Last week I attended my first ever TEDx event here in Winnipeg. Here are my thoughts.
Looking at the session list, I went in wondering how this disjointed collection of talks could make sense. I didn't see a cohesive story, which you typically see in other track-based conferences. A few talks in I started to “get it” though. TED isn't just about the sessions, its about bringing people from different walks of life together to share their life experiences and knowledge. This isn't a track-based event, but a people based event. It’s a microcosm of what we should be trying to achieve in our social interactions — diversity and openness to learning from and about others regardless of career, age, gender, or geography.
While I think the intention was to continue that sentiment through the break times, I felt those could have been organized a bit better and been a bit shorter (1 hour breaks?). There was a lot of networking happening, but it was all ad-hoc and I had no idea what other attendees’ interests were. We all submitted three things we could be asked about, but these were printed in small font on the name-tags which were hard to see unless you were really close to someone.
For a $25 ticket the food and refreshments were great — healthy options, nothing heavy, and having it set up outside was a great way to alleviate congestion in the venue.
Also the event staff were fantastic — very friendly, accommodating, and willing to help with whatever. My name-tag was missing (someone took it by accident) but they still got me in and even found me later when my name-tag was returned to the registration desk. Kudos to the event team!
The speakers…such amazing speakers! The sessions I initially thought I’d have limited interest in have been the ones I keep telling people about and whose message still resonates with me days later.
Dr. Nicole Buckley tied space health and ageing research together; when we put seniors into homes, we’re basically putting them into space: small, cramped quarters with no friends or family around, limited possessions, and people who you’re forced to live with. Astronauts only do this for a limited time, but we expect our elderly to live out their days this way…why?
Janet Schmidt provided one of the most personal and powerful messages of the day — we all have good and bad traits, but we are not binary values; we are not a 1 or 0, good or bad, we are both. The negative traits that others can point out to us and help us realize doesn't negate all the amazing that we are. So often we focus on the negative when we should be focusing on us as a whole.
Madison Thomas gave us a glimpse into what people from non-privileged neighbourhoods and families have to grapple with to find success. “You can be whatever you want to be when you grow up” isn't always told to children when it should; some will need to be stronger to reach their goals. We as a society need to help lift them up.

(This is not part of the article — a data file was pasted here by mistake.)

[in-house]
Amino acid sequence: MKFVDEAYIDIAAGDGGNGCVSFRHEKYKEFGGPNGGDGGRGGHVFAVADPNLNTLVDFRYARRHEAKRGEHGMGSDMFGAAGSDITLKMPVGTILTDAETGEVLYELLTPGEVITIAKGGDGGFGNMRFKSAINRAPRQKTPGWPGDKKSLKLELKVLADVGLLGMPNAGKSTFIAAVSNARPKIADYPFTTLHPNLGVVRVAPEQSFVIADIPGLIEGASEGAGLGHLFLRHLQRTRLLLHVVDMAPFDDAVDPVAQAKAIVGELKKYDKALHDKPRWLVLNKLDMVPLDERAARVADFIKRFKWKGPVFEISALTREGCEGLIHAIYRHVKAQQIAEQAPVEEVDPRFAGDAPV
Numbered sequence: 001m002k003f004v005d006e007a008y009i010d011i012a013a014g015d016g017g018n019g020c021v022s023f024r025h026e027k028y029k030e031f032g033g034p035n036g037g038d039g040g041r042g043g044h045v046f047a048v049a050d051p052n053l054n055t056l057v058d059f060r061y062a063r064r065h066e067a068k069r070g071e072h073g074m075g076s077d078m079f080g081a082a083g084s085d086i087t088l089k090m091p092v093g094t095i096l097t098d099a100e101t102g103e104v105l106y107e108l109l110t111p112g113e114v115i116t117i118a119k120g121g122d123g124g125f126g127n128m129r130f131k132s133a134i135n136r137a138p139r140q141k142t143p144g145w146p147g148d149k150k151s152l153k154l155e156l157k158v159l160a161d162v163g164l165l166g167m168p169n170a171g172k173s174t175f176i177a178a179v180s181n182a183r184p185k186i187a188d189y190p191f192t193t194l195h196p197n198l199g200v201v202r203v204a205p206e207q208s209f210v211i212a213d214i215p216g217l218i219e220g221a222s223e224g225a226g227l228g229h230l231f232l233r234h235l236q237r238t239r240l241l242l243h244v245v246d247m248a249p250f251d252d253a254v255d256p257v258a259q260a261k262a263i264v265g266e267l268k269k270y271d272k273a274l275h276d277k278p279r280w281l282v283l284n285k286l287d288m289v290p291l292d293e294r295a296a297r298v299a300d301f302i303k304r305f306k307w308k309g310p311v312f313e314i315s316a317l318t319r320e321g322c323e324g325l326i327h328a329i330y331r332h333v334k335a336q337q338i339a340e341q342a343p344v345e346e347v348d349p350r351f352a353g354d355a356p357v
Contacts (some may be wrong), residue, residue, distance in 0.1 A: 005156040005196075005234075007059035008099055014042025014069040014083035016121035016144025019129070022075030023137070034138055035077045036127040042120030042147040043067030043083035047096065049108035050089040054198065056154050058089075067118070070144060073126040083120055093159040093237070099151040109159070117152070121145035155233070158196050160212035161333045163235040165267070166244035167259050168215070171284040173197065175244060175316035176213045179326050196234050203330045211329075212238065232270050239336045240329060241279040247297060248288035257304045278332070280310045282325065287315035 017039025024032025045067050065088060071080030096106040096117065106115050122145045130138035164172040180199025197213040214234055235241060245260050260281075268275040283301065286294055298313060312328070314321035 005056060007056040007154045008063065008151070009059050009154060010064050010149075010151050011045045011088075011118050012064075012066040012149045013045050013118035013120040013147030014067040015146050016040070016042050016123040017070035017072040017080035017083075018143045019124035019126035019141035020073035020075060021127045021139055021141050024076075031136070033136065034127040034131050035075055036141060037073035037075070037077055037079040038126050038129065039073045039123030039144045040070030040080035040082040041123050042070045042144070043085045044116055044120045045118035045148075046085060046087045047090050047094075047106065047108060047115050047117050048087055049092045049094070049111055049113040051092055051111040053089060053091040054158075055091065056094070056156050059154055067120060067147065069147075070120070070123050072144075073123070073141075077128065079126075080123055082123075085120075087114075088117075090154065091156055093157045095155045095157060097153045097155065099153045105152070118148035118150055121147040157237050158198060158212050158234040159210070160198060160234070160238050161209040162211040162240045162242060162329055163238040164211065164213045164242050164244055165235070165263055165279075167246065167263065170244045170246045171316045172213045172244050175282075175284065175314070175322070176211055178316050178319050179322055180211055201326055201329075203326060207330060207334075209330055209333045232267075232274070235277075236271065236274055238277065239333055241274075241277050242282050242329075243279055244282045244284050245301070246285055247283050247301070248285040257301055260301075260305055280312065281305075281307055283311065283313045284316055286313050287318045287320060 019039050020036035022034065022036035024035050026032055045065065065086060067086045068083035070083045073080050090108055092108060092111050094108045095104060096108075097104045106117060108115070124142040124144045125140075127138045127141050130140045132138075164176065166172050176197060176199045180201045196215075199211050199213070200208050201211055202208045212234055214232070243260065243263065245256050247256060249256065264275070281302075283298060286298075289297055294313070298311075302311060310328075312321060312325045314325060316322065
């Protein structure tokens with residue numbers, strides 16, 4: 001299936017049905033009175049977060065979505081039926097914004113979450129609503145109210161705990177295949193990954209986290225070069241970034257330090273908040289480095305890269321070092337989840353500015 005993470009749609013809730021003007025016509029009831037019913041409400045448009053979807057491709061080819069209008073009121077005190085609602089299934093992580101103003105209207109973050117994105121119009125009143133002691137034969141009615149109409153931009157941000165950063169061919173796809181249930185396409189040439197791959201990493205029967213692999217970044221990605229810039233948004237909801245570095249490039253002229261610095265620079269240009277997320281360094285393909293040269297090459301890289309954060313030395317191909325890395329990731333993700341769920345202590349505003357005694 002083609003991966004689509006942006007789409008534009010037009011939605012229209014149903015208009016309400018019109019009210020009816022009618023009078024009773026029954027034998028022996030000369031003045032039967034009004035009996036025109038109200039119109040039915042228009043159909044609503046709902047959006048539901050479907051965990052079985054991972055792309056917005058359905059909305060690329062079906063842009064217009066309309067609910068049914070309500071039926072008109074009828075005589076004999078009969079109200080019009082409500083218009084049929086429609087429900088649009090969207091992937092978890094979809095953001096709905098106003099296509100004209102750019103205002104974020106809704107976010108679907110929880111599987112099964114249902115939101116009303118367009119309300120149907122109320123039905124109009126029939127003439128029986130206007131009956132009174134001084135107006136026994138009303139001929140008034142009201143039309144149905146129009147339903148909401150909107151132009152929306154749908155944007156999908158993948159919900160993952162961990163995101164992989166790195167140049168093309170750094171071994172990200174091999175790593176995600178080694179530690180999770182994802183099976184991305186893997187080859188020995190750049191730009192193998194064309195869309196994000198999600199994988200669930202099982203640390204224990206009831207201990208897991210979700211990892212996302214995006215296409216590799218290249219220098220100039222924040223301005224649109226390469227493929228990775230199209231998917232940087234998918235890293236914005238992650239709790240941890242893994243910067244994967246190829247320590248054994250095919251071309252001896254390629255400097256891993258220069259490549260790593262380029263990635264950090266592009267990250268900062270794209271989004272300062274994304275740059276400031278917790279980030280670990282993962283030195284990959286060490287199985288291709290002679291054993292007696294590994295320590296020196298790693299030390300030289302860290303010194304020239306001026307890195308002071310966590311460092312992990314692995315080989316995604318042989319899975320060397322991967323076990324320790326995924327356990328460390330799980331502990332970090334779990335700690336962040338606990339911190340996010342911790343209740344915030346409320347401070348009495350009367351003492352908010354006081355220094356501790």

Matt Cohen gave us insight into Winnipeg’s past through ghost signs — the turn-of-the-(last)-century advertising painted on the various brick buildings that we can still see today, and the story these advertising fossils tell of the evolution of marketing.
Dan Blair, instead of just talking about how cool virtual reality is, challenged us to embrace the technology to tell our stories and transport people to places they otherwise could never see (and that a traditional ad or article could never convey).
I'm still trying to wrap my head around Alexandra Hasenpflug’s ability to see sound. I explain this talk to people and I can see them struggle to understand what that must be like, but what an amazing gift.
And there are others who talk about sleep science, bugs as food, being successful, motivating others, impacting our community, future of concussion science, and the importance of protocol. Luckily for everyone, the full recording of the event is available here, so go check out the talks and get inspired!
So Would You Go Again?
So would I go back to a TEDxWinnipeg event? Maybe. I'm still not sold on this idea that people have to apply to attend, although I also appreciate that the exclusivity means that you have a greater diversity of people from different demographics represented. There needs to be better ways to have these people connect though instead of ad-hoc interactions at lengthy breaks. If I were to attend again, I’d be doing some pre-eventing of my own: Finding out who else I know is attending, reaching out on the event’s social media properties to try and connect with people who have similar interests, and communicating what my interests are and what I look to get out of the event.
TED is all about ideas worth spreading. But ideas on their own mean nothing without action. That’s not on the event organizers — they just provide the opportunity for us to engage each other. Attendees have an active role in ensuring TEDxWinnipeg is more than just a fun time hearing good talks and that it results in real change for our city.